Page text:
Our study has some limitations that need to be addressed. First, since the feature selection method of SFM needs the attribute of feature importance, the model without the attribute of feature importance is not included in this study (e.g. artificial neural network, nonlinear kernel SVM), limiting the ability to compare with more different types of models. Second, some long text information were not included in this study (e.g. history of present illness, discharge summary), otherwise we could get the information about the time of the patient’s illness and the changes of some indicators during the patient’s hospitalization, and this information, thus further improving the model accuracy. Third, in our study, we only used data collected from the patient’s hospitalization. Although this may help hospitals to perform post-hospital interventions, it is evident that some specific interventions may be more valid in decreasing readmission if they were properly performed before discharge [48, 55].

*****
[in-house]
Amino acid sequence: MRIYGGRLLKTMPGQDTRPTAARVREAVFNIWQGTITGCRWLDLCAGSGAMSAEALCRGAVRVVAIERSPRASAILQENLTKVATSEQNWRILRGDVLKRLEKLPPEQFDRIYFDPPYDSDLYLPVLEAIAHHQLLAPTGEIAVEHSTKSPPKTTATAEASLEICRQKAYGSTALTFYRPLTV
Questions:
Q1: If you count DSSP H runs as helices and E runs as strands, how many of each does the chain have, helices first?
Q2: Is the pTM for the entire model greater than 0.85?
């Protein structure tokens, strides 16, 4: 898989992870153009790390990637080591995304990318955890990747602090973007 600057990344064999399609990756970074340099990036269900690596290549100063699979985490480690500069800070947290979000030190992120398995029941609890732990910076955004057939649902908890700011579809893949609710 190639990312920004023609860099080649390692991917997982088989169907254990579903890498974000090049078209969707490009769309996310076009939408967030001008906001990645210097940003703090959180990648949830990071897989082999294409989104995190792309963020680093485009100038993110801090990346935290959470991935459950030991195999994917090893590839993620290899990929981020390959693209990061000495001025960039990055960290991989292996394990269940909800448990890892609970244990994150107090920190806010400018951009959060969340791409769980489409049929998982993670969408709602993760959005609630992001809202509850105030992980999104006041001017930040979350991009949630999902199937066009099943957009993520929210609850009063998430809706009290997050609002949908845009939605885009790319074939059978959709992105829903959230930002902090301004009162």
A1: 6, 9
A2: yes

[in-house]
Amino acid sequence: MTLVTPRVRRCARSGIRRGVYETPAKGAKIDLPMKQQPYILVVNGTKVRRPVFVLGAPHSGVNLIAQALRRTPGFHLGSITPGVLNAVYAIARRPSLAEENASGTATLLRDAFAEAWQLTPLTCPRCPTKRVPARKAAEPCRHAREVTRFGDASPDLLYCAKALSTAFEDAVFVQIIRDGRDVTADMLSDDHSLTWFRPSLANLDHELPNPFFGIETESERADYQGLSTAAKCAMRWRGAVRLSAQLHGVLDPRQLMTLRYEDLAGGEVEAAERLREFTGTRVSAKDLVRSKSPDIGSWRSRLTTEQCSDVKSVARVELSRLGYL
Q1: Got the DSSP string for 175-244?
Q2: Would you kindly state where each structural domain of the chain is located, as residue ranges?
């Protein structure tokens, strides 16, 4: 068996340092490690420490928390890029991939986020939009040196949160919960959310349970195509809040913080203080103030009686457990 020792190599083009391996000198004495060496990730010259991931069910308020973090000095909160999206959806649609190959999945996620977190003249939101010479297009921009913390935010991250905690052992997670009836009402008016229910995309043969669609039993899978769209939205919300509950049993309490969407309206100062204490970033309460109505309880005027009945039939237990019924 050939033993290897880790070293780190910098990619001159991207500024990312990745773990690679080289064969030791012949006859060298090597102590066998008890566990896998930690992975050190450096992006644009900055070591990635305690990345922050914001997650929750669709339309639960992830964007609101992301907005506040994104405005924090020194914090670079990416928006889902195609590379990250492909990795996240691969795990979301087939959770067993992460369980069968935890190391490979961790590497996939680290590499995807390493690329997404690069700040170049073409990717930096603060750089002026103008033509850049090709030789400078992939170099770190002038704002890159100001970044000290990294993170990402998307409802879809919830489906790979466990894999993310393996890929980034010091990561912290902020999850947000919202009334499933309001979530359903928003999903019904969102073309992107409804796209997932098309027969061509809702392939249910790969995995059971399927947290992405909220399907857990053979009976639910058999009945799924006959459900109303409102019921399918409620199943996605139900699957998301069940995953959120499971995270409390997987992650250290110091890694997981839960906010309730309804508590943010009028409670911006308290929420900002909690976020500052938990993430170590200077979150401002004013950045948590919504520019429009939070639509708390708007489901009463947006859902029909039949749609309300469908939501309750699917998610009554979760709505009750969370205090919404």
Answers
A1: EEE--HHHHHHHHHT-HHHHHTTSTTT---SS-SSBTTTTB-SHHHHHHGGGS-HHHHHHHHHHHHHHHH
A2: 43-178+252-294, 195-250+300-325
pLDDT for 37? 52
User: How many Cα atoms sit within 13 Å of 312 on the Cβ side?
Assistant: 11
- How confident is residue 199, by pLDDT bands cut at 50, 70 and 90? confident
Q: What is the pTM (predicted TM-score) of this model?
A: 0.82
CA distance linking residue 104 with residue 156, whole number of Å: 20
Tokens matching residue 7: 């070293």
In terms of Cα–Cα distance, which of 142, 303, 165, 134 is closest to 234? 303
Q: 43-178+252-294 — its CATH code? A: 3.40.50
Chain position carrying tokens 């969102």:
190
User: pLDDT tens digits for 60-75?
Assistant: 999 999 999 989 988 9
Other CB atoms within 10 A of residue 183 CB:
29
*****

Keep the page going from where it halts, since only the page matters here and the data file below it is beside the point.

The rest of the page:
Conclusions

This study proposes a stacking-based model to predict the risk of 30-day unplanned all-cause hospital readmissions of patients with AMI based on clinical data. Compared with general stacking model, the proposed stacking model has the characteristic of self-adaptively selecting the base classifiers. The comparison results of different models showed that our model was superior to the individual model in all evaluation metrics, demonstrating that the stacking model could integrate the advantages of different individual models to achieve better prediction performance. Moreover, detailed clinical data from real world were used to develop the proposed stacking-based model which made our model more convincing.

Effective readmission risk prediction models could provide the administration with valuable insights to identify high-risk patients and target them for early clinical interventions to reduce the probability of readmission. In future studies, the proposed stacking-based model could also be evaluated with more data from multi-health centers.

Availability of data and materials